My partner and I are seperating after 25 years - we have 2 children but only one of whom is below 18 and in full time education.
I know that any gifts or inheritances are not included as marital assets and therefore not split between us when we seperate. However what about interest or dividends paid by investments made from an inheritance? My ex inherited a considerable amount of money some years ago and has it invested in stocks and shares which pay out interest/dividends which she has saved seperately and never put into any joint account. Is this counted as joint income and therefore should any savings generated in this way be shared during seperation?
Also is this inheritance and the income stream it generates also included in calculating/deciding any alimony or child support?
There are four steps which should be considered before making a decision about the financial arrangements. Please note that matrimonial property is that which is accrued between the date of marriage and the date of separation.
1. Establishing the date of separation on which the married couple cease to cohabit as man and wife.
2. Identifying all the assets owned jointly or individually by a couple at the separation date including the house, furnishings, a car, pensions, savings and investments and any outstanding liabilities (mortgage, car finance, personal loans, credit card debts etc) in existence on the date of separation.
3. Determining any non matrimonial property by looking at the individual assets and seeing the circumstances in which they were acquired. Assets owned by either party before the marriage or those gifted or inherited are not matrimonial property.
4. Valuing matrimonial assets as at the date of separation, for example, by providing statements for savings, asking insurance companies for surrender valuations of endowments and pension providers for the Cash Equivalent Transfer Value. Endowment policies and pensions started before marriage are apportioned for the years of the marriage. It's best to have agreement before having the house valued by a Chartered Surveyor. The liabilities are deducted from the assets to provide the net value of matrimonial property.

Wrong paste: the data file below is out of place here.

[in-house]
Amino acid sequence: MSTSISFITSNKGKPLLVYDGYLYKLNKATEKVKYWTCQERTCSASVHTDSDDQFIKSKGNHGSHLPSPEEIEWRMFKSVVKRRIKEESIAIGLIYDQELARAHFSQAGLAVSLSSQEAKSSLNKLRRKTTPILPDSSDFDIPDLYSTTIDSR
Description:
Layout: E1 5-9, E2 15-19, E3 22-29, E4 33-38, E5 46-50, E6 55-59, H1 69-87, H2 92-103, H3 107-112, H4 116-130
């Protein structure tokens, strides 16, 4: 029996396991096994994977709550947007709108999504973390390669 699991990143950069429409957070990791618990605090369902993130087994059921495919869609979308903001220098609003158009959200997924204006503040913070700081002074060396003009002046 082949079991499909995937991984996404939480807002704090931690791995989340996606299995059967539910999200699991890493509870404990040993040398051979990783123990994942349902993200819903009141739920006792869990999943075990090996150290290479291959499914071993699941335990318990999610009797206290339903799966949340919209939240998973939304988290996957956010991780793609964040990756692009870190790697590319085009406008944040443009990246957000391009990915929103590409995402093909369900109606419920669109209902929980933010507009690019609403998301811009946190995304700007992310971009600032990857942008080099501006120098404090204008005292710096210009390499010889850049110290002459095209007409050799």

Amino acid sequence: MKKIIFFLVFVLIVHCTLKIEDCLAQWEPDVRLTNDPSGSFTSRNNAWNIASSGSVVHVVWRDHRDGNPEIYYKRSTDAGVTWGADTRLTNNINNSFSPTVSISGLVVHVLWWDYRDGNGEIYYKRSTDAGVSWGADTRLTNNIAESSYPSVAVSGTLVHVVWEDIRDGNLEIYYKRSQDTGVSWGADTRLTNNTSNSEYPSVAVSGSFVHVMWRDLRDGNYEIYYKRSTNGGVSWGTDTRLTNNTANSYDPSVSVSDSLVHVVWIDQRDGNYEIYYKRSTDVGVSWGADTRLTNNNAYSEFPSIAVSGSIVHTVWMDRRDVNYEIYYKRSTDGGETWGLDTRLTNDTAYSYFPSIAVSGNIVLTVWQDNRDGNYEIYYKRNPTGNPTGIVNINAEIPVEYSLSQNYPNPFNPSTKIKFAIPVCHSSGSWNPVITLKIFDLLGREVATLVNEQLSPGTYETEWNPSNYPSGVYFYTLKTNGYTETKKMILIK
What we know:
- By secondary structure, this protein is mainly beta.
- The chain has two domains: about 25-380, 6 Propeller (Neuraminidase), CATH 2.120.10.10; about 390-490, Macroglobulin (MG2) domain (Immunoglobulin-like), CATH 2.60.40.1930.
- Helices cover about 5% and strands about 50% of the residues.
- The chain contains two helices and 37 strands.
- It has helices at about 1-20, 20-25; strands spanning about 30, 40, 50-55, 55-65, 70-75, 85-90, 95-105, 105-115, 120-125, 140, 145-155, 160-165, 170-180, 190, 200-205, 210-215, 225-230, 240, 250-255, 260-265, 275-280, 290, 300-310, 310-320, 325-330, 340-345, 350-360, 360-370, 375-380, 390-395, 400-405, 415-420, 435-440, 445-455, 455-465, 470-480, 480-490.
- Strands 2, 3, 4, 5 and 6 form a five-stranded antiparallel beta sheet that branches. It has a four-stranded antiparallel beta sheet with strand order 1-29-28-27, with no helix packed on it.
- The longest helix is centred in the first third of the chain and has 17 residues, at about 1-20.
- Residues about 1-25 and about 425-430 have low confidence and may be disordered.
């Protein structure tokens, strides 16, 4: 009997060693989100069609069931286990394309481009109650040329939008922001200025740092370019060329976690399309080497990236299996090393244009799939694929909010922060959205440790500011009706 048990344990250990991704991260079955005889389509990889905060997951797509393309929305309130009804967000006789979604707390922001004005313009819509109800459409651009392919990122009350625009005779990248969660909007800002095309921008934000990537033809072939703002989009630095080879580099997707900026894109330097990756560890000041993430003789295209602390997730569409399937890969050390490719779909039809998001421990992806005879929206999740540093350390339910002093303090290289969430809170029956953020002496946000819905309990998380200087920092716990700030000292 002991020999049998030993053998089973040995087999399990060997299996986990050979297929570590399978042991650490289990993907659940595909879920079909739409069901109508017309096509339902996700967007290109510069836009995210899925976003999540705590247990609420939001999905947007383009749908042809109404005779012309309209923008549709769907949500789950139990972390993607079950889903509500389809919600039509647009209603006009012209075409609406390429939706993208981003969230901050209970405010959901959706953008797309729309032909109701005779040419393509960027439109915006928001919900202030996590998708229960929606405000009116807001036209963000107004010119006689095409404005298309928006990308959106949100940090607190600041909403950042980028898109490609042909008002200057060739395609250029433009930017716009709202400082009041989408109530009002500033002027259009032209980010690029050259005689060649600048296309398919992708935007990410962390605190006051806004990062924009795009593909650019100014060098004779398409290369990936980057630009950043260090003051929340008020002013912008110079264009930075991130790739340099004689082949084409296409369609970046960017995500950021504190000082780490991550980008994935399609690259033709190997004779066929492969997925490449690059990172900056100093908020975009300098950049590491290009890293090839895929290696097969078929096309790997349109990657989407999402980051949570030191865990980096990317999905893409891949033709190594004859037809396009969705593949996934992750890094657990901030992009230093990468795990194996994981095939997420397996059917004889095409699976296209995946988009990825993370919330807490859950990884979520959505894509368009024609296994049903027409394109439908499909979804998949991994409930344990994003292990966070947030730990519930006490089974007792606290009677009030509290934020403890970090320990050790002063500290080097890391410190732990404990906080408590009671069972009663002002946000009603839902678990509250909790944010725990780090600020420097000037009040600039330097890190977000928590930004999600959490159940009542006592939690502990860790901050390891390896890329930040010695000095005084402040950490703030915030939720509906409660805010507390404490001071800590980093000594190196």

I would argue that any interest gained from the inheritances would be classed as marital assets, as the interest is not a part of the original inheritance. Once the inheritance has been used to buy other things it is no longer in its original format.
Under the Family Law (Scotland) Act 1985 there is a general obligation to provide support "as is reasonable in the circumstances" by a husband and wife to each other, a natural parent to their child and a person to a child who has been accepted by him as a child of his family. This is known as 'aliment' and could apply equally to the situation when husband and wife or parent(s) and child live together as when they are separated. A child is defined as a person under the age of 18 years or over that age and under the age of 25 years who is in education or training.
Not really - child maintenance is fairly standard in that the non-resident parent pays a percentage of his or her net income, 15% for one child, 20% for 2 and 25% for 3+
However, your daughter is entitled to make her own claim for ailment. IN Scotland there is a general obligation for parents to support their children in education until the age of 25, regardless of income/assets. This is both parents, not just the NRP.
Assets worth more than £65k come into the equation. For basic CSA assessments income generated from investments isn't taken into account. However, the parent with the majority of care may apply for a variation to the basic calculation if the non resident parent has assets in excess of £65k.
Thanks for responses. To avoid any doubt I am happy to pay my share of child maintenance however it is calculated.
However there will be school fees involved and I am unsure as to how these should be shared between us. Should my ex's assets and income derived from these assets be taken into account when calculating who pays what percentage? It seems unfair that I could pay the majority of the fees if my ex is sitting on a large 'inherited' investment portfolio and a sizeable income drawn down from this. I am not wanting to avoid my responsibilities but merely trying to ascertain how best to come to agreement! As a note of interest my ex has kept her personal finances secret for a number of years now and her sol is trying to avoid disclosing all existing assets - is this acceptable?